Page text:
Then further on, when Hagar is helpless and without food and water:
“And God heard the voice of the child, and the angel of God called to Hagar from heaven, and said to her, “What troubles you, Hagar? Fear not; for God has heard the voice of the child where he is. Arise, lift up the child, and hold him fast with your hand; for I will make him a great nation.” (Genesis, 21:17-19)
As for the Qur’an, it relates Abraham’s prayer:
“O our Lord! I have made some of my offspring to dwell in a valley without cultivation, by Your Sacred House; in order, O our Lord, that they may establish regular Prayer: so fill the hearts of some among men with love towards them, and feed them with fruits: so that they may give thanks. O our Lord! truly do know what we conceal and what we reveal: for nothing whatever is hidden from Allah, whether on earth or in heaven. Praise be to Allah, Who has granted unto me in old age Isma`il and Isaac: for truly my Lord is He, the Hearer of Prayer! (Ibrahim 14:37-39)
On a purely factual level, the Prophet Muhammad is a descendant of Ishmael’s children and is therefore part of that “great nation” announced by the Scriptures.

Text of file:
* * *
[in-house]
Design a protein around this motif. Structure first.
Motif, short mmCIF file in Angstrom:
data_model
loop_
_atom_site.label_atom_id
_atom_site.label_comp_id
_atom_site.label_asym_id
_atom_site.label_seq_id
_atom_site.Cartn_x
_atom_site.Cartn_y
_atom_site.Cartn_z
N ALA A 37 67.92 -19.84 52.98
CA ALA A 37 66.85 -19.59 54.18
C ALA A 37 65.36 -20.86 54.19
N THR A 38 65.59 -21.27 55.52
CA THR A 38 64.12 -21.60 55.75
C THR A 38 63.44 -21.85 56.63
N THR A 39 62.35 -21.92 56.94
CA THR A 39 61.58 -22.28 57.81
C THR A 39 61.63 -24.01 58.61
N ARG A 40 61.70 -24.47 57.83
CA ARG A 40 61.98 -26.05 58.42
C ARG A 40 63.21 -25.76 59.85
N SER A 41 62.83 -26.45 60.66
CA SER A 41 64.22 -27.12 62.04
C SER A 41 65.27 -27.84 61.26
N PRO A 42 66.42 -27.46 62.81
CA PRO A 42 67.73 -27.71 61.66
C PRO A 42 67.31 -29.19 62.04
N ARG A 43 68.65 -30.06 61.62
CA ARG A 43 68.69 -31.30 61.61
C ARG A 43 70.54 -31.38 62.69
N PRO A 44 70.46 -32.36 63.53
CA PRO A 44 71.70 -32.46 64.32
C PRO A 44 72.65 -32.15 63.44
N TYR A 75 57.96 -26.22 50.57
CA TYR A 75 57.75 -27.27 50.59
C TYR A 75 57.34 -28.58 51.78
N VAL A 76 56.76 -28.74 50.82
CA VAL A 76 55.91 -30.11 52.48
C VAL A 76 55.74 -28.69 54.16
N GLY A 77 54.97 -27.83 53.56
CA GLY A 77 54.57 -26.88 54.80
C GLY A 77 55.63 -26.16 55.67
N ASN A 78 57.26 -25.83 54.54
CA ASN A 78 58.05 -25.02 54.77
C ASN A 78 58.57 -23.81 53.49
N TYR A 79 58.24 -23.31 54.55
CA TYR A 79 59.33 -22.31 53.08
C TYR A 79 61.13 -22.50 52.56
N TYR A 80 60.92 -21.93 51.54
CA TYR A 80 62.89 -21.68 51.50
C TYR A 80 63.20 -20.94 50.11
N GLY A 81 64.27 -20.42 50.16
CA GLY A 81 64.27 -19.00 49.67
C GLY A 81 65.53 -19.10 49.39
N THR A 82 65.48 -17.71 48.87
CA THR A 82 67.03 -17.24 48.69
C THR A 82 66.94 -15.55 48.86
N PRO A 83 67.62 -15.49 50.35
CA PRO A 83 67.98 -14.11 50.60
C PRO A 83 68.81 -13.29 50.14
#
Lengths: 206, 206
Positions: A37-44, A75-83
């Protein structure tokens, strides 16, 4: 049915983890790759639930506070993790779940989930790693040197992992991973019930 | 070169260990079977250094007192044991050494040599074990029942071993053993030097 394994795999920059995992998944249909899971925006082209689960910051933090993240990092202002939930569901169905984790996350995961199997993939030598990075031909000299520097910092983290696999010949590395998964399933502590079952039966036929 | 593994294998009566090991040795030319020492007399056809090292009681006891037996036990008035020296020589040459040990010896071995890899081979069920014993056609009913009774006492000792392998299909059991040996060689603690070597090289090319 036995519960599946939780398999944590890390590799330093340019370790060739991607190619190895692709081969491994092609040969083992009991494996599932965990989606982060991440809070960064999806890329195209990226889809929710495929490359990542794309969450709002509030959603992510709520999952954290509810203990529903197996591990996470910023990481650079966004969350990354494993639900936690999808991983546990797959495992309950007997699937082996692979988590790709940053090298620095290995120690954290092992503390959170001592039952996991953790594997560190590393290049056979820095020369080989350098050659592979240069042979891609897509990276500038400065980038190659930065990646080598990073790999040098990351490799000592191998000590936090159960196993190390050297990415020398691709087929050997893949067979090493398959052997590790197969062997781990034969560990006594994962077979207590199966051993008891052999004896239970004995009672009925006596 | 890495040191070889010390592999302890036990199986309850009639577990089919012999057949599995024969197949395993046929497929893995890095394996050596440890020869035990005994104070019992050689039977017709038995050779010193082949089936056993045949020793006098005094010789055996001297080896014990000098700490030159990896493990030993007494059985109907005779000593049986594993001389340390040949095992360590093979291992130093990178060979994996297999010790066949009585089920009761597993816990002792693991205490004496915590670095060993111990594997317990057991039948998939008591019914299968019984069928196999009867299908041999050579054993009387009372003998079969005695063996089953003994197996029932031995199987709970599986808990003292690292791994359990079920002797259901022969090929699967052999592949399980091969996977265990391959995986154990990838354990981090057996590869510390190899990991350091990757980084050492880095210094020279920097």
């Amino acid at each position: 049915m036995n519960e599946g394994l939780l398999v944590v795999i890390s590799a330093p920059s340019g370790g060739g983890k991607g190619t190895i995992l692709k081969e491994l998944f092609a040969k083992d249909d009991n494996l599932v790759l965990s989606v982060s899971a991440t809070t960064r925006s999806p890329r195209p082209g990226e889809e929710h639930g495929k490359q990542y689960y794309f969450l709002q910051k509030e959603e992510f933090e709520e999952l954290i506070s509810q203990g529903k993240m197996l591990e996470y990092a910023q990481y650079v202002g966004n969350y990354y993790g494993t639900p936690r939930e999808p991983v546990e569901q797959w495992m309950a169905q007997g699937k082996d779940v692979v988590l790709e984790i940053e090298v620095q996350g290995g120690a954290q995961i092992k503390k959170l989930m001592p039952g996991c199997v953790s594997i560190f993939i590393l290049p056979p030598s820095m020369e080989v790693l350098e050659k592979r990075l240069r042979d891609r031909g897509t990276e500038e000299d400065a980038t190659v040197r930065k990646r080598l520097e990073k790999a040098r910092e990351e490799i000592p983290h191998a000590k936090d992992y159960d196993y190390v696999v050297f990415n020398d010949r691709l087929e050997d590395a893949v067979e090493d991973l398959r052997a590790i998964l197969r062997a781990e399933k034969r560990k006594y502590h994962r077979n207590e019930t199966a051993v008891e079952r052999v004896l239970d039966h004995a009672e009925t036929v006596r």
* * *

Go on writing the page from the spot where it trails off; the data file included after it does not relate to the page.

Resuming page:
Abraham is hence his “father” in the primary sense, and Islamic tradition understands that the blessings of this father’s prayers extend to his descendant the Last Prophet as well as to the place where he left Hagar and Ishmael, where, a few years later, he was to undergo the terrible trial of his son’s sacrifice, and where he was finally to raise with him God’s sacred House (the Ka`bah). Qur’anic Revelation recounts:
And remember that Abraham was tried by his Lord with certain commands, which he fulfilled: He said: “I will make thee an Imam to the Nations.” He pleaded: “And also (Imams) from my offspring!” He answered: “But My Promise is not within the reach of evil-doers.”
Remember We made the House a place of assembly for men and a place of safety; and take ye the station of Abraham as a place of prayer; and We covenanted with Abraham and Isma`il, that they should sanctify My House for those who compass it round, or use it as a retreat, or bow, or prostrate themselves (therein in prayer).
And when Abraham prayed: My Lord! Make this a region of security and bestow upon its people fruits, such of them as believe in Allah and the Last Day. (Al-Baqarah 2:124-126)
This is the millenary teaching of Islamic tradition: there is a God and a line of prophets whose central figure is Abraham, the archetype of the Muslim, the blood father of this lineage of Ishmael leading up to Muhammad.
Abraham and Ishmael sanctified this place in Bakkah (Mecca) by building God’s House (bayt Allah) with their own hands. And this is precisely where the last of God’s messengers to humankind was born: Muhammad ibn `Abdullah, who bore the message reminding people of the One, of the prophets, and of the sacred House. A God, a place, a prophet.
The article is an excerpt from Dr. Tariq Ramadan’s book “In the Footsteps of the Prophet: Lessons from the Life of Muhammad, Oxford University Press (2007).